Another tactic you can use is to take a picture of the part of the room where the patient is seeing visual hallucinations, then show them the picture. Oddly enough, people hallucinating don’t tend to see their vision when looking at a picture or a video. This can also sometimes help to calm them down.

Of course, some will still believe what they see or hear is real. In those cases, it’s better not to argue, because that will only agitate the person more.

Treating Hallucinations after Head Injury

To treat hallucinations, a neuropsychiatrist will need to evaluate you to determine what the cause of your hallucinations are.

Sometimes treatment is as simple as going on a different type of medication. If the cause is more psychological, you may benefit from psychotherapy. Support groups can also help you learn how to cope effectively with your hallucinations.

There are also some antipsychotic drugs that can help reduce hallucinations, but you should only use these in severe cases. Antipsychotic drugs can cause serious side effects such as drowsiness, tremors, and other disorders. Therefore, doctors typically prefer to only use them as a last resort.

The vast majority of hallucinations after a head injury, however, should fade over time. You just need to give your brain a chance to recover.

Hallucinations after Head Injury: Conclusion

Hallucinations after head injury can be terrifying when they happen. However, it’s important to remember that these experiences are not real, they are simply a result of neurons firing incorrectly.

This also means you should not feel ashamed if you do experience a hallucination. Parts of your brain are damaged or inflamed, but that doesn’t change anything about who you are.

With the right treatment and enough time, you can regain control of your senses again, and your hallucinations should fade to a distant memory.

Keep it going: Do you know these 15 essential TBI recovery tips?

If you like our content, you’ll love our ebook and newsletters! Get instant access to our TBI recovery tips ebook with 20 pages of helpful advice by signing up below.

You’ll also receive our emails that share survivor stories and more useful TBI recovery tips, which you can opt out of at any time. (We know you’ll love them, too.)

We will never sell your email address, and we never spam. That we promise.

More Ways to Recover with Flint Rehab:

Download Free TBI Recovery Tips!

15 Things Every TBI Survivor Must Know

Discover Award-Winning Neurorehab Tools

You're on a Roll: Read More Popular Articles on TBI Recovery

Do you want to sharpen your cognitive skills after a TBI?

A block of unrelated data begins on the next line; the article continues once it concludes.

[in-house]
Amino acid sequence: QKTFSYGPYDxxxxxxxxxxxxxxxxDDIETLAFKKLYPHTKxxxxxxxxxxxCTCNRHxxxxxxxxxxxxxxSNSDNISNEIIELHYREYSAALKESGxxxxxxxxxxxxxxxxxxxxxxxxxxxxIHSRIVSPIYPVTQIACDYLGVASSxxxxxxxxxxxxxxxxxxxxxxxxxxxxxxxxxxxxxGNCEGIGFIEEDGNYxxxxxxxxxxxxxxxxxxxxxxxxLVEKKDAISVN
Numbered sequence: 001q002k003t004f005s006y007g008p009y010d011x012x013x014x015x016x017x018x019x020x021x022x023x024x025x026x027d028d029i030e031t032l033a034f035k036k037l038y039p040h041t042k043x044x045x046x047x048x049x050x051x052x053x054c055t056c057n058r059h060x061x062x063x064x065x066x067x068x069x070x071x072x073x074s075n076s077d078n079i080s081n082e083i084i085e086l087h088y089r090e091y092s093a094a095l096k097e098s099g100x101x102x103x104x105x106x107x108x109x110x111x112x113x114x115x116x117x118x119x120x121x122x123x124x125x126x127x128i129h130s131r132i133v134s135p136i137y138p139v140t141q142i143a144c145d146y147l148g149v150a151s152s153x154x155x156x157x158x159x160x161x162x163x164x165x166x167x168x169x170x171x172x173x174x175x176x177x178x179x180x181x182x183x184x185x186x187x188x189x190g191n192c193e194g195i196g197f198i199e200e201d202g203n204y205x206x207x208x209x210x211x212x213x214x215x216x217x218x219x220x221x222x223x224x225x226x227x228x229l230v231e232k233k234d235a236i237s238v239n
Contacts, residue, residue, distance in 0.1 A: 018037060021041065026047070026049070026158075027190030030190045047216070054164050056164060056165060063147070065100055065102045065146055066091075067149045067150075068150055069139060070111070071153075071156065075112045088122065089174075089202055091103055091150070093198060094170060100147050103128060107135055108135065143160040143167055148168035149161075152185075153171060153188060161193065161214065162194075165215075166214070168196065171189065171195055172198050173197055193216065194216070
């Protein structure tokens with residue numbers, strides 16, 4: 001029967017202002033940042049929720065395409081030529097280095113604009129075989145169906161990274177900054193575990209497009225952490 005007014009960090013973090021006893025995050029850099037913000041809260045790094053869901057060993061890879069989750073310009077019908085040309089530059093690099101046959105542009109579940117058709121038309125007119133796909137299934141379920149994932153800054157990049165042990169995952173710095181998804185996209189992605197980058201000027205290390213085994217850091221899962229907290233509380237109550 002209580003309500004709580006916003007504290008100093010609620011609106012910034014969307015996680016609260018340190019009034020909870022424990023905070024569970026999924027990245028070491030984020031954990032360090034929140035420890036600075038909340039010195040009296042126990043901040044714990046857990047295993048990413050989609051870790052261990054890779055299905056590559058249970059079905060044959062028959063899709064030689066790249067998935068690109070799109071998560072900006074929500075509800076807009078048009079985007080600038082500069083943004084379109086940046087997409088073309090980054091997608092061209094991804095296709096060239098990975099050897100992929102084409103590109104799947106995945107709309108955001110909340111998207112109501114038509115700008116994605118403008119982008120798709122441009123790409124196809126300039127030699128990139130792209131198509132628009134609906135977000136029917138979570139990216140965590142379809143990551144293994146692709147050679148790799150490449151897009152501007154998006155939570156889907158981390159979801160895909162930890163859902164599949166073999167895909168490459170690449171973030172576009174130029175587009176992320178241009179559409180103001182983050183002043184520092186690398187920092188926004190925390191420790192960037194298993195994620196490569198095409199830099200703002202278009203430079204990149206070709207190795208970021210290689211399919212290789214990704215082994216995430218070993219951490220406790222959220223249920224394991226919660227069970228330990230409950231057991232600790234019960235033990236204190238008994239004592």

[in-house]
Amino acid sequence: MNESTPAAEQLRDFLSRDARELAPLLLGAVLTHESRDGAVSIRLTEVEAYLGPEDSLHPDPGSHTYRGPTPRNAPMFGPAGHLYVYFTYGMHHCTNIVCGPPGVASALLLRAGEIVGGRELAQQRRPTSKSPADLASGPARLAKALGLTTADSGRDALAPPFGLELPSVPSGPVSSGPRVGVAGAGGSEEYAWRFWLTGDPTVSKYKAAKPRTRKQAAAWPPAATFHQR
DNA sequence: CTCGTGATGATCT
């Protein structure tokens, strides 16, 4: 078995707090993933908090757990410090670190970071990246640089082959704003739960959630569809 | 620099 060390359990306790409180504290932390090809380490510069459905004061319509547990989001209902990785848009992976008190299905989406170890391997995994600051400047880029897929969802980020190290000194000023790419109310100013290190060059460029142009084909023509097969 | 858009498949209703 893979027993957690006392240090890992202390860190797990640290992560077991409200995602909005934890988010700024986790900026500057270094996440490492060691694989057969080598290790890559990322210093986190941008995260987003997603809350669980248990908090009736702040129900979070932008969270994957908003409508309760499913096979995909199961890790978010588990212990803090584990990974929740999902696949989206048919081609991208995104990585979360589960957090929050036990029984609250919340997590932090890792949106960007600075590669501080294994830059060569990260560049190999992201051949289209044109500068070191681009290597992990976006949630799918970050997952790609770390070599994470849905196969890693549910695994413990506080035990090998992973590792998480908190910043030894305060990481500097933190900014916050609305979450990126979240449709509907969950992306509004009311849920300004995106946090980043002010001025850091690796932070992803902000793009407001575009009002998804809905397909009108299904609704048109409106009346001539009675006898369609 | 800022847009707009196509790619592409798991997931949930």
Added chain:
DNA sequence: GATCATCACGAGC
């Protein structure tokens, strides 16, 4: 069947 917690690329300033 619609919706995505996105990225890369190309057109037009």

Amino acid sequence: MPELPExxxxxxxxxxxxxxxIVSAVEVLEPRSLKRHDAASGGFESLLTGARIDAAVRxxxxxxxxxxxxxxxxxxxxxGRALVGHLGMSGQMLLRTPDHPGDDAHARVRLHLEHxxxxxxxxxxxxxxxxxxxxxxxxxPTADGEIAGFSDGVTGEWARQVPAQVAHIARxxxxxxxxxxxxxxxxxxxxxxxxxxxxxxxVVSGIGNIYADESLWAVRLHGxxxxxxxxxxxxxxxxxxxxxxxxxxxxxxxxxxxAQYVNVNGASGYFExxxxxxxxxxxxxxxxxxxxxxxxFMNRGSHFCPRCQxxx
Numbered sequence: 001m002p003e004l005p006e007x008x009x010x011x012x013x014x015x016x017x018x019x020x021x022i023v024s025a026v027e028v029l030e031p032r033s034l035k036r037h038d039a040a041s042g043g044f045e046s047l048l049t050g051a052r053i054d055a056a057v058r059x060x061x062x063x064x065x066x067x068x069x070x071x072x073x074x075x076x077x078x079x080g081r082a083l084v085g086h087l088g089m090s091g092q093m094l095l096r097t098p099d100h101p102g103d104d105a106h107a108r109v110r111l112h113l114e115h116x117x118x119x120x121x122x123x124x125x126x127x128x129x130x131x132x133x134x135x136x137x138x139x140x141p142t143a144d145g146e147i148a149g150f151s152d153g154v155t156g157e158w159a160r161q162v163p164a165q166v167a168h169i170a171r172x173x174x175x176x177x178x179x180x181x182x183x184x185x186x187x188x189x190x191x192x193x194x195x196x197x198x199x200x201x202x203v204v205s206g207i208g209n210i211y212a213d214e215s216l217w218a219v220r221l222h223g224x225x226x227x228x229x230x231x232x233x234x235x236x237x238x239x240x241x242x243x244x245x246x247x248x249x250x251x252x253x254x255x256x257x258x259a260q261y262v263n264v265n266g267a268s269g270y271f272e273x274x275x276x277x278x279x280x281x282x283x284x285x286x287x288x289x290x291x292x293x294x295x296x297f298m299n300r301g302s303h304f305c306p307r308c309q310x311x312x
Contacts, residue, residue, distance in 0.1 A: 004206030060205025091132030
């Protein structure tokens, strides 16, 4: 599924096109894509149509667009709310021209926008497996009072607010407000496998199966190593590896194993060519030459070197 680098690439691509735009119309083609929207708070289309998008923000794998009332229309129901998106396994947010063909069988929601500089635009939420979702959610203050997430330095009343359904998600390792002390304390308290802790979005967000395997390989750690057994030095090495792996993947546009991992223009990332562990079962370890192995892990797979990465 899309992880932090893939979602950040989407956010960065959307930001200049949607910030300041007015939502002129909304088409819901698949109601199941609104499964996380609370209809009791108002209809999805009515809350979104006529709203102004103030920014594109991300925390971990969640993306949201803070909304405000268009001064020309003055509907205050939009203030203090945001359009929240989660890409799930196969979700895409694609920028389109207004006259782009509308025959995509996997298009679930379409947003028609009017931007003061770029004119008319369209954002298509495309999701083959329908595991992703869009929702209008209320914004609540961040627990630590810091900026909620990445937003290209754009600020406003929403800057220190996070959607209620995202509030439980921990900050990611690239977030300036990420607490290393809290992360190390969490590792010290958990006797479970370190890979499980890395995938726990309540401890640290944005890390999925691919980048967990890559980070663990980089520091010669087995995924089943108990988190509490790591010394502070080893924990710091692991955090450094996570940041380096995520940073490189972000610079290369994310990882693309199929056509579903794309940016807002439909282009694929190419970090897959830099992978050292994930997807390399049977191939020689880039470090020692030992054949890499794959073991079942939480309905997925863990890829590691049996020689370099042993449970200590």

Time with a speech therapist is extremely valuable during recovery, especially if you struggle with communication, critical thinking, or memory after brain injury. Insurance typically covers speech therapy for a fixed amount of time. But once it’s over, recovery is in your hands.

That’s why two speech therapists came together to create the CT Speech & Cognitive therapy app. It contains over 100,000 cognitive exercises that are all available right from your phone or tablet. 

This app is the perfect fit if you want to improve your speaking, memory, or general mental sharpness. Best of all, it’s affordable at just $29.99/month.

Click here to learn more about the CT app »

See what Miriam said about the CT Speech & Cognitive Therapy app:

“For the past 6 months, my son has used the app about three times a week. The app is like a virtual therapist, it’s very easy to use, and it gives him immediate feedback.

He now understands things faster, can make decisions with less hesitation, has improved recognition of words, and his confidence is higher. I also find it easy to get in touch with customer service; they pleasantly help out. The whole experience has been great.”

— Miriam

It’s like having a virtual speech therapist available anytime you want

With the CT App, you can get the guidance you need right from your phone or tablet. You can use it on your own or in between sessions with your speech therapist.

Whether you struggle with aphasia, memory loss, or critical thinking, the CT Speech & Cognitive Therapy App can help.

“The CT app has helped me gather my confidence by building on and reinforcing old forgotten skills. It helps to see my percentages increase, and work harder when they decrease. It’s very self-motivating.” -Kathryn

We are confident that this app will help improve your speech and cognitive function after brain injury. Like our recovery tools, the CT App is also covered by our 30-day money-back guarantee.

15 Things Every TBI Survivor Must Know

Do you know these 15 TBI recovery tips?

Get a free copy of our ebook 15 Things Every TBI Survivor Must Know. Click here to get instant access.